Cooperative Fish and Wildlife Research Units Program: Arkansas
Education, Research and Technical Assistance for Managing Our Natural Resources

Arkansas Project


A statewide decision support tool for turkey conservation in Arkansas: mapping habitat suitability, population growth rates, and where management will be most impactful

January 2024 - December 2027


Personnel

Participating Agencies

  • Arkansas Game & Fish Commission
‘Wild turkey in snow’ by USFWS Headquarters is licensed under CC BY 2.0.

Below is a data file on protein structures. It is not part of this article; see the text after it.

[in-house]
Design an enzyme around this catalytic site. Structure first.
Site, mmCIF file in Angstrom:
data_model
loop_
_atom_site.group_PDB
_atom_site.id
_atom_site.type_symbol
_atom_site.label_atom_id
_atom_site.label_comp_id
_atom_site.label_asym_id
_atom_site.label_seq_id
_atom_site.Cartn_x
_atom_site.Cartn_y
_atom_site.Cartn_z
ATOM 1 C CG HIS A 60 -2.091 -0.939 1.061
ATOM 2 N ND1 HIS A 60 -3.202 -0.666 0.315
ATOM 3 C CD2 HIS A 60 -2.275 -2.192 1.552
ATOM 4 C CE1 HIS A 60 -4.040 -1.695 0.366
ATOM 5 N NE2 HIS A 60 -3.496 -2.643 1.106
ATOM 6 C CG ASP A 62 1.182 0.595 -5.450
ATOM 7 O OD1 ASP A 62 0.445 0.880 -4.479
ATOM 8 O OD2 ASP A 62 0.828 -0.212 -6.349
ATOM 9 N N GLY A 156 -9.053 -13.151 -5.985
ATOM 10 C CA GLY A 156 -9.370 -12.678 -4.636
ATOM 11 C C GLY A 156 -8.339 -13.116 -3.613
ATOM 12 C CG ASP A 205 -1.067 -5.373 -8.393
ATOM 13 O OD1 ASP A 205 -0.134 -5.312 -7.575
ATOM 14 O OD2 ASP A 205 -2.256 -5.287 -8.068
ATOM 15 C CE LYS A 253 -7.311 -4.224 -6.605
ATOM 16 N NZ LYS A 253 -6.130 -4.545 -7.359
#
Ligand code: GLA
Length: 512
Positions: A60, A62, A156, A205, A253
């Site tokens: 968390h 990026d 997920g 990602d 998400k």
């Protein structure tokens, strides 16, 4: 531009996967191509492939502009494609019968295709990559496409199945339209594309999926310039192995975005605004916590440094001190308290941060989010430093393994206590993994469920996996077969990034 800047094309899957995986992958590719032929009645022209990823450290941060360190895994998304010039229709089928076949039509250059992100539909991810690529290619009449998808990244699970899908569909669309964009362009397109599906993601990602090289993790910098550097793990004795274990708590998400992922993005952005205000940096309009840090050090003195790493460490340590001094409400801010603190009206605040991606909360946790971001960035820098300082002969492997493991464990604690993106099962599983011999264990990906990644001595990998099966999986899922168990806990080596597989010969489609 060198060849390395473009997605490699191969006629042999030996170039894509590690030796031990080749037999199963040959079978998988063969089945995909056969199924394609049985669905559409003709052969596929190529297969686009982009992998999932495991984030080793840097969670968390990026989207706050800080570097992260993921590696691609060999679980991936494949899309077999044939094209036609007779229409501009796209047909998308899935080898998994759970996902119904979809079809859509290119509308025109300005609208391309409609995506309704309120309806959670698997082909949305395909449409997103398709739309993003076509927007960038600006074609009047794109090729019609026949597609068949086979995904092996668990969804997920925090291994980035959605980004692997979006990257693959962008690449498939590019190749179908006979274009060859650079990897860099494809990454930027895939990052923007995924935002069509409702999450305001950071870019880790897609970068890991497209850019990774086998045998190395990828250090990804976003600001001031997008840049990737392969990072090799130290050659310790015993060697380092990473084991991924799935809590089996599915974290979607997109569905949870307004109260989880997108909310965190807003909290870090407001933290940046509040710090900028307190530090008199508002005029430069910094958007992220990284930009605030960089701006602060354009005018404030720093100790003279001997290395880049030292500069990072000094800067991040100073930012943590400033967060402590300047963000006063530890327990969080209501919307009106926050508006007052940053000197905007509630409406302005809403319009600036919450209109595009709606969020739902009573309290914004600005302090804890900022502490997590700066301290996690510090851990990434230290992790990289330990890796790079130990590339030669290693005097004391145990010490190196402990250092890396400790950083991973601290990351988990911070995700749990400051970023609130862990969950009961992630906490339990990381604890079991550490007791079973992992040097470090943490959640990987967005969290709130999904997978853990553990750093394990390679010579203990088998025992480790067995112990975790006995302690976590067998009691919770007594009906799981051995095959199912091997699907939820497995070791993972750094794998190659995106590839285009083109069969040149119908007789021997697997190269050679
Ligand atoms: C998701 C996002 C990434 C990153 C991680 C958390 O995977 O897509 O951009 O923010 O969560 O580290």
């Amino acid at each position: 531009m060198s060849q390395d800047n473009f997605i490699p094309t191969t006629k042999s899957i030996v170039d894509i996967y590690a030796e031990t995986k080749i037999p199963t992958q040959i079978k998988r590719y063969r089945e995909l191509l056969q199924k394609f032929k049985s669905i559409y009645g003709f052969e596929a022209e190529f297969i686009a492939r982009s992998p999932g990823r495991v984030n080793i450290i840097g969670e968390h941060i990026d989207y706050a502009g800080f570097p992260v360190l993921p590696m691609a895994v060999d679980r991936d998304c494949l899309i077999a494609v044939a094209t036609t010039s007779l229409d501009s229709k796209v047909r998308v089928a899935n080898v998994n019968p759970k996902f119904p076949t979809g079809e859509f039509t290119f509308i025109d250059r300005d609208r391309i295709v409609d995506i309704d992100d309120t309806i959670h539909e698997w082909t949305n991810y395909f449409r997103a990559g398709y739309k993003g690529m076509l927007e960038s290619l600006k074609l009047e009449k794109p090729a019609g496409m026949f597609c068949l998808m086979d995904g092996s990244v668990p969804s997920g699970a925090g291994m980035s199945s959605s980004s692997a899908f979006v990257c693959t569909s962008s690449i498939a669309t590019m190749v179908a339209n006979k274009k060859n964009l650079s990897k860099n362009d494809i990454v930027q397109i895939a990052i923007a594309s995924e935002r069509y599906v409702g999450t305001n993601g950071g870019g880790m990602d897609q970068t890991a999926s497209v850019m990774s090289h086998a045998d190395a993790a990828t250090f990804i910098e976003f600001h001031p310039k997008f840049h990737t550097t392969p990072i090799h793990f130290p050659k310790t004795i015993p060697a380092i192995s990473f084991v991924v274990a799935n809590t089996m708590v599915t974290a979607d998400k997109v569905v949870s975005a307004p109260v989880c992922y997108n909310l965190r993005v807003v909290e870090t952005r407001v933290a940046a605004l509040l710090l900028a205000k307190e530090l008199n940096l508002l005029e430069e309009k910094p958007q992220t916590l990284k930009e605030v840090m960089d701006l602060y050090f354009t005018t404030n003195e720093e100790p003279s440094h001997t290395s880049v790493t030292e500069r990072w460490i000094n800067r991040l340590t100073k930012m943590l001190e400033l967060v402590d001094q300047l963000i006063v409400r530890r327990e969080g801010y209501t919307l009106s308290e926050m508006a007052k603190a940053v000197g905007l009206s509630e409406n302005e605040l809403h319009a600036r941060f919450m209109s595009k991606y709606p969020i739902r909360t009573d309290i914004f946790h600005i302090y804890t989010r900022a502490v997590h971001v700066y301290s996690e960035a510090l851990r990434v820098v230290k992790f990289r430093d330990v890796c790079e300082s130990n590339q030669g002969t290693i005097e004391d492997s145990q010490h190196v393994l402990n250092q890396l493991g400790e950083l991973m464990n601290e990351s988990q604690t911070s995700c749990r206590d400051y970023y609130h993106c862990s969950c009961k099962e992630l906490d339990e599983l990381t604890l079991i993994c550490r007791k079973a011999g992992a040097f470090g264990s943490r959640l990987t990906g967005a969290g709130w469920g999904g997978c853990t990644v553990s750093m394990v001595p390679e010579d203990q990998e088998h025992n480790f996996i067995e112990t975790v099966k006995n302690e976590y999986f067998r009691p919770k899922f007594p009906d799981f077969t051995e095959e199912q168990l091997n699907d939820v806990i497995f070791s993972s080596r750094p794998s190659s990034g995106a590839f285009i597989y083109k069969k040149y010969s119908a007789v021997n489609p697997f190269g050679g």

The apparent declines in wild turkey (Meleagris gallopavo) populations has led to growing concern in multiple states, and Arkansas is no exception. This has spurred the development of statewide decision support tools, such as habitat suitability models and population density maps, to assist in strategizing large-scale turkey conservation. However, these tools can run afoul of multiple complications: traditional habitat suitability models can oversimplify the diversity of turkey-habitat associations; density maps often provide little new information relative to habitat suitability maps; and neither of these tools account for the reality that conservation decisions are made in the face of complex socio-ecological landscapes, diverse and sometimes competing stakeholders, and limited funds. Therefore, there is a critical need to develop a decision support tool for Arkansas that 1) incorporates spatial non-stationarity into turkey habitat suitability analyses, 2) provides independent, spatially explicit information on turkey population growth rates, and 3) synthesizes turkey habitat suitability, turkey population growth rates, and relevant external socio-ecological information to identify areas where management actions will be most impactful and cost-efficient. Here, our overall goal is to develop and implement a decision support tool that informs wild turkey conservation and management strategies across Arkansas. Specifically, our objectives are: 1) Identify and map important turkey habitat across Arkansas using models that incorporate spatially non-stationary habitat relationships; 2) Estimate and map population growth rates of turkeys across Arkansas; 3) Using information from objectives 1 – 2, identify areas with the greatest potential to positively impact turkey populations through management; 4) Provide technical assistance for development of public-facing data products. The models, data products, and technical assistance we provide will put Arkansas Game & Fish Commission in an ideal position to prevent, halt, or potentially reverse turkey declines in Arkansas.